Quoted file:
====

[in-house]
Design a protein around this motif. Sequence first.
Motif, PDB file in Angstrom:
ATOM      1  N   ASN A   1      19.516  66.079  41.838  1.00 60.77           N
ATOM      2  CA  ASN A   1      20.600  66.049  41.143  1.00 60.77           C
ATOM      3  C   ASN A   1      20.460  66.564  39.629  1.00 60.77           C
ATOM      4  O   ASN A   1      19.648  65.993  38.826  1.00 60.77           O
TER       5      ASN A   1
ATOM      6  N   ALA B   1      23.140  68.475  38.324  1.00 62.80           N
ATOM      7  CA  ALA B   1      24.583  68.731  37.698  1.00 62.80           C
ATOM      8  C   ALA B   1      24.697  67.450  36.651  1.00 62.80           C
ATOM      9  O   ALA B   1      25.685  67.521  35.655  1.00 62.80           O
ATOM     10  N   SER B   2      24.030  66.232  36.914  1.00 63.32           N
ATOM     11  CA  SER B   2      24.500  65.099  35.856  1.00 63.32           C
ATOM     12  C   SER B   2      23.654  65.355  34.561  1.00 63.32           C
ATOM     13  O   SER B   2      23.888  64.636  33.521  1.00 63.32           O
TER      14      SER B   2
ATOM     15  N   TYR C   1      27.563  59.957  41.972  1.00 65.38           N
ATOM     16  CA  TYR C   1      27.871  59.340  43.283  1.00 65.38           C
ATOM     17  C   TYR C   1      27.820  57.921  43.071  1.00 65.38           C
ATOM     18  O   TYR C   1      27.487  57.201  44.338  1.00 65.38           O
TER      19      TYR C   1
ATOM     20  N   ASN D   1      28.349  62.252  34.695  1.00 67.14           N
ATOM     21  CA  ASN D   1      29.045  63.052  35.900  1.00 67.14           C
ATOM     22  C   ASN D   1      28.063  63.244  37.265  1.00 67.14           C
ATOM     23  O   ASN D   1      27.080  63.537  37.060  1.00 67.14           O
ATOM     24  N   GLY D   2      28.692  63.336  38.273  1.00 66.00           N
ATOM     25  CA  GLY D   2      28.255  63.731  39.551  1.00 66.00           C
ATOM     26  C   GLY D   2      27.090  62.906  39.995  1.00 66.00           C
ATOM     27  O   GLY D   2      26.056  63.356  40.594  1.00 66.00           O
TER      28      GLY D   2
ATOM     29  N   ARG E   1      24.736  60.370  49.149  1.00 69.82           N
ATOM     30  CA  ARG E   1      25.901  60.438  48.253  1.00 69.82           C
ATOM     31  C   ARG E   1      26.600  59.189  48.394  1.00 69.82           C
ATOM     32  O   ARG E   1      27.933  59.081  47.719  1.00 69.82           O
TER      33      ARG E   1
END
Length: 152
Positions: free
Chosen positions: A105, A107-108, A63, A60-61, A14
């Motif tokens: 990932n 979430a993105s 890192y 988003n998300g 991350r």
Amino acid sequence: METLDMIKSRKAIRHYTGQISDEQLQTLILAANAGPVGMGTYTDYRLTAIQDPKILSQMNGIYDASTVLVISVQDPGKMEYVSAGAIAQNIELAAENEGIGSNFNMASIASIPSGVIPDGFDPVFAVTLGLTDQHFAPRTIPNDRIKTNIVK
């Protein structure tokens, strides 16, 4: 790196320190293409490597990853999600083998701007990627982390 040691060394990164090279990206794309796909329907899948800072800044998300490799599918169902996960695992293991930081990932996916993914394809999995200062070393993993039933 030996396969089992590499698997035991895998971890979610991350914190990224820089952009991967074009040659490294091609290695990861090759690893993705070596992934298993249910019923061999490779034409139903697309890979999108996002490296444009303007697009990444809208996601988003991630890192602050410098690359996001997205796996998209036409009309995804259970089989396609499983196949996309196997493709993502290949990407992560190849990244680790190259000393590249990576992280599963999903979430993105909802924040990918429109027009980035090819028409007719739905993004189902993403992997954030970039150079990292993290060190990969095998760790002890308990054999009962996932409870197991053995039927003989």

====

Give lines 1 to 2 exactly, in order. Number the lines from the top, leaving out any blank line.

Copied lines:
[in-house]
Design a protein around this motif. Sequence first.